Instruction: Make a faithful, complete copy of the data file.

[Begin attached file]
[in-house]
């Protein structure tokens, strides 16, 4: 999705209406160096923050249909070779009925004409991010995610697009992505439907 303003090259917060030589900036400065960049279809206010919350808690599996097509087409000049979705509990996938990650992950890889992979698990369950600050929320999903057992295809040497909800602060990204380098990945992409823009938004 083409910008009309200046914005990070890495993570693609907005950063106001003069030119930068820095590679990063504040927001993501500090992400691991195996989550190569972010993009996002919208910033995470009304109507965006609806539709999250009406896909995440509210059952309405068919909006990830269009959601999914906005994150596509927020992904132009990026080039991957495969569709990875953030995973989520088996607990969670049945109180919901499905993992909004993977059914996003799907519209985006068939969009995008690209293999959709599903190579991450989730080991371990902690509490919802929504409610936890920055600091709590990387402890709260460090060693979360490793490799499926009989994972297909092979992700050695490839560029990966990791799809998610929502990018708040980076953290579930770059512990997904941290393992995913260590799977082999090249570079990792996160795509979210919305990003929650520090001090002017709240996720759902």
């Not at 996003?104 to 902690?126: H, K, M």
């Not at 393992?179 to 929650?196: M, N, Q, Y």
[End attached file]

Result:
[in-house]
């Protein structure tokens, strides 16, 4: 999705209406160096923050249909070779009925004409991010995610697009992505439907 303003090259917060030589900036400065960049279809206010919350808690599996097509087409000049979705509990996938990650992950890889992979698990369950600050929320999903057992295809040497909800602060990204380098990945992409823009938004 083409910008009309200046914005990070890495993570693609907005950063106001003069030119930068820095590679990063504040927001993501500090992400691991195996989550190569972010993009996002919208910033995470009304109507965006609806539709999250009406896909995440509210059952309405068919909006990830269009959601999914906005994150596509927020992904132009990026080039991957495969569709990875953030995973989520088996607990969670049945109180919901499905993992909004993977059914996003799907519209985006068939969009995008690209293999959709599903190579991450989730080991371990902690509490919802929504409610936890920055600091709590990387402890709260460090060693979360490793490799499926009989994972297909092979992700050695490839560029990966990791799809998610929502990018708040980076953290579930770059512990997904941290393992995913260590799977082999090249570079990792996160795509979210919305990003929650520090001090002017709240996720759902």
């Not at 996003?104 to 902690?126: H, K, M």
């Not at 393992?179 to 929650?196: M, N, Q, Y």